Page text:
Mahendra said...

Excellent post! Wow!

I don't have an answer. Your question is intriguing and I'm thinking.

I wonder: During the thousands of years of evolution, mankind formed groups and a society. Individual member of this group were no longer faced with the survival issue. That's when willful ignorance started. The group assured survival, other cavemen took care of fighting dangers, while some simply twiddled their thumbs and indulged in willful ignorance? Can the answer lie here?

I don't know. Thanks for a wonderful post. It has really got me thinking. If you ever find any further insight into this, do let me know! :-)

Leo said...

How can our species have evolved to be so wilfully ignorant? Easy:
Wilful ignorance has been a greater survival attribute than evidence-based rationality throughout most of history.
Big Call, right? Remember that we haven't had the evidence or the thinking tools (Science) for most of history. Now see how wilful ignorance works better: Consider Circumcision. In a pre-science age, without the germ theory of disease, circumcision seems to be a barbaric irrational superstitious practice. Yet those who stuck by their superstition fared better than those who disdained it. It's true even today because it reduces the chances of catching venerial disease by 60% http://www.dailytimes.com.pk/default.asp?page=2007%5C07%5C25%5Cstory_25-7-2007_pg4_12
(Remember that prior to Penicillin, Syphylis was as fatal as AIDS.)
Almost every superstitition or religious teaching has irrational explanations that science disdains, but those ideas still have survival benefits.
The brilliant sociologist Marvin Harris outlines the way this happens in his book 'Cows, Pigs, Wars and Witches, the Riddle of Culture'. He shows how this is true for Pig-Loving in New Guinea and Pig- Hating in the Middle East,
for the Sacred Cow of India and Witch- burning in Europe.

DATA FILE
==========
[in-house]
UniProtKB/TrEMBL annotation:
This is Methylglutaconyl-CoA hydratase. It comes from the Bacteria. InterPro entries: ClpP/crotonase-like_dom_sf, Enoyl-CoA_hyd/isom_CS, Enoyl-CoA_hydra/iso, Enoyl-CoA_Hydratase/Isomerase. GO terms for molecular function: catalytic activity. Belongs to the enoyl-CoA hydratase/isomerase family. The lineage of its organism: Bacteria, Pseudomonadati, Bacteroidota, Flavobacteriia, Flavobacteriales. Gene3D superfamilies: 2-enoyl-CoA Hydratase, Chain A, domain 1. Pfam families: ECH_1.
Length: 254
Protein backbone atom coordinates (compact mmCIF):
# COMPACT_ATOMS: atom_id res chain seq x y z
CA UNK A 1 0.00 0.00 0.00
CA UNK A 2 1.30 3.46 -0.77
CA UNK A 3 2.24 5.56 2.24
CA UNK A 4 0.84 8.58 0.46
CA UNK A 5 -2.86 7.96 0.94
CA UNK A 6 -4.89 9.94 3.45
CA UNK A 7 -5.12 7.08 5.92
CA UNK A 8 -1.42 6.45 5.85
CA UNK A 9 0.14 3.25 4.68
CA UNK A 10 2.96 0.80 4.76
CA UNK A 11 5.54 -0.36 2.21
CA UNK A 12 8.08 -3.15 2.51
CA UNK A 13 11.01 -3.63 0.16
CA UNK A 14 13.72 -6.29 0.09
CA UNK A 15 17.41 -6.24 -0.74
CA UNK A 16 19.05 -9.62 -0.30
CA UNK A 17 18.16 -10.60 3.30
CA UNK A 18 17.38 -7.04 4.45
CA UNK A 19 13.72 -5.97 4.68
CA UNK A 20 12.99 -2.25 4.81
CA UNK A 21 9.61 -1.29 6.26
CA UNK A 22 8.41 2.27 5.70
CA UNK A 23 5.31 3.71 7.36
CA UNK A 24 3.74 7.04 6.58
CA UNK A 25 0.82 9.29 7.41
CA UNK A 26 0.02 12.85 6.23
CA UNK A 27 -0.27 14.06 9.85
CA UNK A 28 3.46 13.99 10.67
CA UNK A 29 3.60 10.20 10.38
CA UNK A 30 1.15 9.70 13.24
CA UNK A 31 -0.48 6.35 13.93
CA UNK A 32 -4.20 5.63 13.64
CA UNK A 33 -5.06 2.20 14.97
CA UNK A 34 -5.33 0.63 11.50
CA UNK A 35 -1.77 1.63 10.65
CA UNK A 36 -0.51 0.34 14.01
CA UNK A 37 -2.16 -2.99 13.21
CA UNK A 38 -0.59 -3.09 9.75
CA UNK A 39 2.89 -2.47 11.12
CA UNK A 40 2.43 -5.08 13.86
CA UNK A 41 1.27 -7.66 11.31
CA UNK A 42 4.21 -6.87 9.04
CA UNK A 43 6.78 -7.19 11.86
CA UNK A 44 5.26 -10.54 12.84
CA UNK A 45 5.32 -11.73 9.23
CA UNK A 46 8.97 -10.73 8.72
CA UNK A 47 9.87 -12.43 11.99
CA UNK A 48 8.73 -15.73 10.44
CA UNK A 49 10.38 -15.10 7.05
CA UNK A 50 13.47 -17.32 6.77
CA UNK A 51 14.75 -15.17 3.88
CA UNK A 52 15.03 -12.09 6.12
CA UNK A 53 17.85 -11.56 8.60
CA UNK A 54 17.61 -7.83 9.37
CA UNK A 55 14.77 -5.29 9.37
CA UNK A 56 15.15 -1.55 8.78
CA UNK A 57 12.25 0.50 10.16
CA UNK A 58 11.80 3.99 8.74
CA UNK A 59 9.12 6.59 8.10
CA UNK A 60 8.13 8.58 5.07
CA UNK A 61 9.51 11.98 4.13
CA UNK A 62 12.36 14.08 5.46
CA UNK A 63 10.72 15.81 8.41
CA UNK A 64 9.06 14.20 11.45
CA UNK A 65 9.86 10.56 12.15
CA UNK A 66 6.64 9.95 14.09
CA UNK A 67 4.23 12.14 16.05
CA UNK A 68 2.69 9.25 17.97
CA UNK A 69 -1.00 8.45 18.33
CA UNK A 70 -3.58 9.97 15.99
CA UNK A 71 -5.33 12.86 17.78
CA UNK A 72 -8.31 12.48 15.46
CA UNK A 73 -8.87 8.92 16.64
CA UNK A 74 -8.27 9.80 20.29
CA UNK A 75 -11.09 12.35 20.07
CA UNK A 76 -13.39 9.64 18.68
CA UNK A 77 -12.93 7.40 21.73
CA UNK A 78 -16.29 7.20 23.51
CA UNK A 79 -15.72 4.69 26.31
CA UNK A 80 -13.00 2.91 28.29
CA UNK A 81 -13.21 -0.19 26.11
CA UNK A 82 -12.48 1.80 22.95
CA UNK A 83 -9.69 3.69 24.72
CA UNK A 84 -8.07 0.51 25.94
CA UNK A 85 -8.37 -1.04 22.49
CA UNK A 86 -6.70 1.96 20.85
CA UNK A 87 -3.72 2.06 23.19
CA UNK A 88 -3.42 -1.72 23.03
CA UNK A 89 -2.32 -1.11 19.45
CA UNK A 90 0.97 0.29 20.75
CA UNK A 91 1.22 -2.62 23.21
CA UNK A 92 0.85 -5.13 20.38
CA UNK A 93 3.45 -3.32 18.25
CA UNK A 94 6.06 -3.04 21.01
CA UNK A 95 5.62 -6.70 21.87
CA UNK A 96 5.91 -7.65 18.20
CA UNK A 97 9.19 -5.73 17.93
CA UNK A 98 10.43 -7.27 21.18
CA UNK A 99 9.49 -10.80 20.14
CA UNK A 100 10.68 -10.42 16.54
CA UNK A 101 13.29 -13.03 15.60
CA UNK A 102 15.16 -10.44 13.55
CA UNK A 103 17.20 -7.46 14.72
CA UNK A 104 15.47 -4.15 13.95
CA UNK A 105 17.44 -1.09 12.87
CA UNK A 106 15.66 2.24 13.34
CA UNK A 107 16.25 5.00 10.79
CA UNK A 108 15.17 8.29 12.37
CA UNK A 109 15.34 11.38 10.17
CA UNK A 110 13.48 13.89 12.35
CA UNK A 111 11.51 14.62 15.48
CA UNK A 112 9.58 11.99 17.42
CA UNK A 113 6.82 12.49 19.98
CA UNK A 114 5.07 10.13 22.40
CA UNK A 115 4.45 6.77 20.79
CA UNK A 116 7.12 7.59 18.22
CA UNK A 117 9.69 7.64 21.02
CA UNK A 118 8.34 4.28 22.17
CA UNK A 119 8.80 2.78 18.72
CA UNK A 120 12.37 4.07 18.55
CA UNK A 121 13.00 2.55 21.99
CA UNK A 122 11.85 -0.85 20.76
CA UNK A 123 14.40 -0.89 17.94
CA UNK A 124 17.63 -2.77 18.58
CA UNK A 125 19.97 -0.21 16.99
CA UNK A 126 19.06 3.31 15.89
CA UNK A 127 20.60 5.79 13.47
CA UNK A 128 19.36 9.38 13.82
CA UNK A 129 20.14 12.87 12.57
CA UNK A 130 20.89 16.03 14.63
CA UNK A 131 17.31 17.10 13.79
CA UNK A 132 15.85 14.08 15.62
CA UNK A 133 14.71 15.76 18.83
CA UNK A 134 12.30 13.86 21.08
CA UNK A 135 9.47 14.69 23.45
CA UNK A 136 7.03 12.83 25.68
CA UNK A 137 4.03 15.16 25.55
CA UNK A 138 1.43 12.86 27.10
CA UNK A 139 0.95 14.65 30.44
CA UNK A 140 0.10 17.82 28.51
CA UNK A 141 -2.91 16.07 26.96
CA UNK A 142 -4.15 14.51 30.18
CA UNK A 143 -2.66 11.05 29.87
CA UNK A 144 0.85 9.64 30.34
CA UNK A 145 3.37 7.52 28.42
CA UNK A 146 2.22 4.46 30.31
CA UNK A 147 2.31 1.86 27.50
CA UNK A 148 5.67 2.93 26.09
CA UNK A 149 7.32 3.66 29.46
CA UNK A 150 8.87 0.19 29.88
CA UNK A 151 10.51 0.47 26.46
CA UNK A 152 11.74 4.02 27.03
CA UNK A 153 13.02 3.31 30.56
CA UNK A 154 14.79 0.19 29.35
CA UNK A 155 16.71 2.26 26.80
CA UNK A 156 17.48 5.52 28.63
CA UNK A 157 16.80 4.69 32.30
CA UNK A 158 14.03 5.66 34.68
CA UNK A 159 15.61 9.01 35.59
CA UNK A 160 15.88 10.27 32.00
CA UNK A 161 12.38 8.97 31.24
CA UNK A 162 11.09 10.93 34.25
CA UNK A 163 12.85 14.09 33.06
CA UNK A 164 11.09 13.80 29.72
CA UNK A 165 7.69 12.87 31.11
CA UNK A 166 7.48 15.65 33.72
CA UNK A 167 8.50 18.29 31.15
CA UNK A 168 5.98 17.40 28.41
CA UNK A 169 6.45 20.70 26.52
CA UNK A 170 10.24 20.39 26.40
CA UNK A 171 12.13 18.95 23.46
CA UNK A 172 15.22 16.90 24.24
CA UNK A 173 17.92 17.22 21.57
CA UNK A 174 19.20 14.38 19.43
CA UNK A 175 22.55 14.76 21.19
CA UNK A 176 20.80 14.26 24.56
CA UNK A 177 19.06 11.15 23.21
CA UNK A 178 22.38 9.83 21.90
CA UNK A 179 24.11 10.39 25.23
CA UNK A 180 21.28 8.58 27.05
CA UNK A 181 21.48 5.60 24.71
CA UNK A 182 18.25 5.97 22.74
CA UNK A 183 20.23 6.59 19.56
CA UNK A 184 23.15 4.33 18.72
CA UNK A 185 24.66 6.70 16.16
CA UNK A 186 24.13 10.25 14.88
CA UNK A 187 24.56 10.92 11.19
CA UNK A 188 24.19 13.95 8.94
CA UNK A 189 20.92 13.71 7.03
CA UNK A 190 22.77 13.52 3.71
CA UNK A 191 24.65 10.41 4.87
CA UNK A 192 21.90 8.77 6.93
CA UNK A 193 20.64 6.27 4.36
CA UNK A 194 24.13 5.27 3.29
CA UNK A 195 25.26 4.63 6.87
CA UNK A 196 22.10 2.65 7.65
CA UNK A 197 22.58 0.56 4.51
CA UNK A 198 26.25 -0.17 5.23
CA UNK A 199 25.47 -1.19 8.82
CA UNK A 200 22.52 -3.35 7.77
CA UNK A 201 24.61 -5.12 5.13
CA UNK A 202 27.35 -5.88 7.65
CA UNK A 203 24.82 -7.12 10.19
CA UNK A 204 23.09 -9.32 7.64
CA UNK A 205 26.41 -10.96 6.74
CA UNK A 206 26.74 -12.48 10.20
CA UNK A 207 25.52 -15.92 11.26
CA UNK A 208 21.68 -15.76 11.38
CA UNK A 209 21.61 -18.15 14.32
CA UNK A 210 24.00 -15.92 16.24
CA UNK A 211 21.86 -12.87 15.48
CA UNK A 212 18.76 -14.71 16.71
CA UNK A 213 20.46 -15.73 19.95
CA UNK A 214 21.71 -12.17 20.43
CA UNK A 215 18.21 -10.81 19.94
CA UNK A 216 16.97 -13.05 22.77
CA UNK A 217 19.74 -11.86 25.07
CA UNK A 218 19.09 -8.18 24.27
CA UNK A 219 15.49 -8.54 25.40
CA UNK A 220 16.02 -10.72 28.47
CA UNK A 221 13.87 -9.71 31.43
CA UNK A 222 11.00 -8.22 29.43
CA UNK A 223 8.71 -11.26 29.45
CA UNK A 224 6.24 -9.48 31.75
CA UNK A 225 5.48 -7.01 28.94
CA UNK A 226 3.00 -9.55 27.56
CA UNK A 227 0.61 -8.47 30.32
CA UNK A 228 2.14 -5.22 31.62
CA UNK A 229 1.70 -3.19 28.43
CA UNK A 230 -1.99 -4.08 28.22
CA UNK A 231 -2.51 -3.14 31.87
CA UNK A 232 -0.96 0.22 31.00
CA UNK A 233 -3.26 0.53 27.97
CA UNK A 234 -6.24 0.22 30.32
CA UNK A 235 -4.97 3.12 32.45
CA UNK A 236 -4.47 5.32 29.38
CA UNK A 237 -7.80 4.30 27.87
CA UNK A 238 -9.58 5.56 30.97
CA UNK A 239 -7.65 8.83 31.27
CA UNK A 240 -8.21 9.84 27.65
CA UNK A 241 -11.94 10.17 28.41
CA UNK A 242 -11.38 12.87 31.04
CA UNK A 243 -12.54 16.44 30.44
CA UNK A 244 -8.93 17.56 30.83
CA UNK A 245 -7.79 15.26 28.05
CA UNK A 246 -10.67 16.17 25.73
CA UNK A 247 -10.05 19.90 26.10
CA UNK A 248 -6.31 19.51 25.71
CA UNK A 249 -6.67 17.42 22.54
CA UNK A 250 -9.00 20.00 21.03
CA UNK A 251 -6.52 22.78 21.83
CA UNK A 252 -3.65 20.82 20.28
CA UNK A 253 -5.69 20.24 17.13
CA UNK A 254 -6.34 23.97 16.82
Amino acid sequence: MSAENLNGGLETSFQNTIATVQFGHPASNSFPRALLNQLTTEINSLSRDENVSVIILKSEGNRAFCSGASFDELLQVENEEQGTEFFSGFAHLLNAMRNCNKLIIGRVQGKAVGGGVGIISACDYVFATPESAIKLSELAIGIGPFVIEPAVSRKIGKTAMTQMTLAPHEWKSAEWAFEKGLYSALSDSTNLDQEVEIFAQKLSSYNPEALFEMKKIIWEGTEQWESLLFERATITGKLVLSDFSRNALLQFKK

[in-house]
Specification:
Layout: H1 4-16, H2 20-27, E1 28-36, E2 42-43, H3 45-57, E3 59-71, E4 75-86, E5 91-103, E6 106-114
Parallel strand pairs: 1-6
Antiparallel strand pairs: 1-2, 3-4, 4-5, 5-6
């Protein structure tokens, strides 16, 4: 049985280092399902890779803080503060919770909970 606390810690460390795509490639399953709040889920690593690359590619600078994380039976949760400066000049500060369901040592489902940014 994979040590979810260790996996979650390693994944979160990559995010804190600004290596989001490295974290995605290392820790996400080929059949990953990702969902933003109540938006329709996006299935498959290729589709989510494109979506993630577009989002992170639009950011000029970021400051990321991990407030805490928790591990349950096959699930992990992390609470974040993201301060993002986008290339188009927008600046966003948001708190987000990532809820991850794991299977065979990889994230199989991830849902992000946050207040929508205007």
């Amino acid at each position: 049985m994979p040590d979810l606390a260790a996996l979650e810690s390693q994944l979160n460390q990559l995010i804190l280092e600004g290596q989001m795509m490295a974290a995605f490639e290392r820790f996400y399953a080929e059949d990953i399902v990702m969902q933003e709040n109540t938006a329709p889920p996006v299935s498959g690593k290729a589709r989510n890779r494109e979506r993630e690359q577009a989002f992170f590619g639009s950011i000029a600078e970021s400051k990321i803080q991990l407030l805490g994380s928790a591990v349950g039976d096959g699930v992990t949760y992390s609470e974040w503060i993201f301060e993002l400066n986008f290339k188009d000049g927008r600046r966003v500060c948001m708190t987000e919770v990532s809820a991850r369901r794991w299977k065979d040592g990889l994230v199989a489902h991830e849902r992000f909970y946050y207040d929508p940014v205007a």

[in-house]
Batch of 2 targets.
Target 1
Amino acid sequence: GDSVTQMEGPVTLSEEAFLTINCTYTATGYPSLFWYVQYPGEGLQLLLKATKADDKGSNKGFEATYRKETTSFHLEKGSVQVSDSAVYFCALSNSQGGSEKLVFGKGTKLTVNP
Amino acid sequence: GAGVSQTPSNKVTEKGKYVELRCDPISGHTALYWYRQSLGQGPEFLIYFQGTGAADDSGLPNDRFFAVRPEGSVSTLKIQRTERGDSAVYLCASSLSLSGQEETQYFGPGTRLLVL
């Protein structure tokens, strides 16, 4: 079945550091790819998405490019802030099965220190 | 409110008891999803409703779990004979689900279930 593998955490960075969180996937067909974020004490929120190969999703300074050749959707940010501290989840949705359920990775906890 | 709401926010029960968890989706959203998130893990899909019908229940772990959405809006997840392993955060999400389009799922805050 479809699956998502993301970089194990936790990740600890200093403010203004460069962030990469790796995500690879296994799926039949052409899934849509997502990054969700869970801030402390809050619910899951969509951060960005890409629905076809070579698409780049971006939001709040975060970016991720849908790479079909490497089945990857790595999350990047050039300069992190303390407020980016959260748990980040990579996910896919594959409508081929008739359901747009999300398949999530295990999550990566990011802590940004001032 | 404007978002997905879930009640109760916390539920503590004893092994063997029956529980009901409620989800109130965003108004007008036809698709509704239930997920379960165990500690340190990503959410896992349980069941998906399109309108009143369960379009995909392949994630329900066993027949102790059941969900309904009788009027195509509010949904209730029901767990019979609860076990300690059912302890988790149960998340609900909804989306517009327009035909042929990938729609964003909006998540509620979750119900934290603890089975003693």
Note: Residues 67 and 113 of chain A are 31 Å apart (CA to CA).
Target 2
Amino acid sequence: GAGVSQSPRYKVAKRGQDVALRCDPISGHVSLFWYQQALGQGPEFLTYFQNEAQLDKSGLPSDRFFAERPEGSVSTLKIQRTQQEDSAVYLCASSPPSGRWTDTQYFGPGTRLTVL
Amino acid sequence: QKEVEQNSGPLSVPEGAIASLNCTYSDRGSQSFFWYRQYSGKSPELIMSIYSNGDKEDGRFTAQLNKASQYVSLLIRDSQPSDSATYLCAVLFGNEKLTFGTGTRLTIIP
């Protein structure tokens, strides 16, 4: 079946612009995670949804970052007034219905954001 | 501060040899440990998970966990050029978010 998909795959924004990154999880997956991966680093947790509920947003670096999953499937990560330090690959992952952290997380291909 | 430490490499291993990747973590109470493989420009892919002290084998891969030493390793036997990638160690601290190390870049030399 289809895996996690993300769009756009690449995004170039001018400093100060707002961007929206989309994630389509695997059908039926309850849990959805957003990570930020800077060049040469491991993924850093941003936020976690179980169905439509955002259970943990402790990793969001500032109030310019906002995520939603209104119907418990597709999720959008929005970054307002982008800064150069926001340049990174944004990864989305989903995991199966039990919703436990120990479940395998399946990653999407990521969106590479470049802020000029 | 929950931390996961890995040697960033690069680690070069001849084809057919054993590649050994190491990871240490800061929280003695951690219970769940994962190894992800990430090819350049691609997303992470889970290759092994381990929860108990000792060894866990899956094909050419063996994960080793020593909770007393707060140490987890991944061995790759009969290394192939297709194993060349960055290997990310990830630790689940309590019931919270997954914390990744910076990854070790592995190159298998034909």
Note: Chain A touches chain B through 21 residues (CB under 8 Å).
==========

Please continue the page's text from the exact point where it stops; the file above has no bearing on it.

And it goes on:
In brief, wilful ignorance has been a survival tool for much our evolution.
As Arium (Anonymous) so cogently points out, it's not necessarily in the individual's interest to always be rational.
When heretics are being burnt at the stake, there's a compelling survival value in learning wilful blindness.
Finally of course, evolution never selects for perfection. Otherwise we could all be stronger than Hercules, faster than the Flash and sexier than Wonder Woman. It's only ever about "good enough to pass our genes on".

Paul said...

Hi Guitar's Cry! I agree the willful ignorance of others would not be such a problem if it were not for the fact that so many willfully ignorant people wish to impose their ignorance on others.


Hi Dash of Panache! Welcome! I have bookmarked your site. You are right. There is no practical way these days of being informed on every single issue or subject. Yet I would think that one could at least not willfully remain ignorant on a subject. Good comment!


Hi Webs! You seem to have hit spot on the psychology of willful ignorance. It's a search for certainty.


Hi Arium! Welcome! That is a very interesting hypothesis. Thank you! My only question is how much of a role do shared beliefs play in social cohesion? I've never been able to reach a conclusion about that.


Hi DOF! It's almost as if the side of science is set up from the start to loose out to the peddlers of certainty, isn't it? Some of us, perhaps only a few, can live with uncertainty -- but most people seem to need to feel there are very assured things in life.


Hi Stevo! I think you are legitimately discussing the problem from a slightly different angle there. Same problem, different view. Good comment!


Hi Carl! Welcome! It seems to me that a tragedy of our time is how many lies are being told about science by corporations, politicians, preachers, and pundits in the name of their agendas. Too often, the average person doesn't know who to believe anymore.

Hi Mahendra! Thank you for your kind words! You might be right that once some folks no longer had to intimately face nature -- because they were living on the efforts of others -- they were free to create all sorts of ignorant ideas. Witness that the earliest complex societies in Sumer were the first societies to have a caste of priests. Good comments!


Hi Leo! Welcome! I'm familiar with some of Harris' work and it's very thought provoking. But I'm not sure I buy into the notion that every strange religious practice has a rational underpinning. That just doesn't make sense to me. Am I wrong to think that way?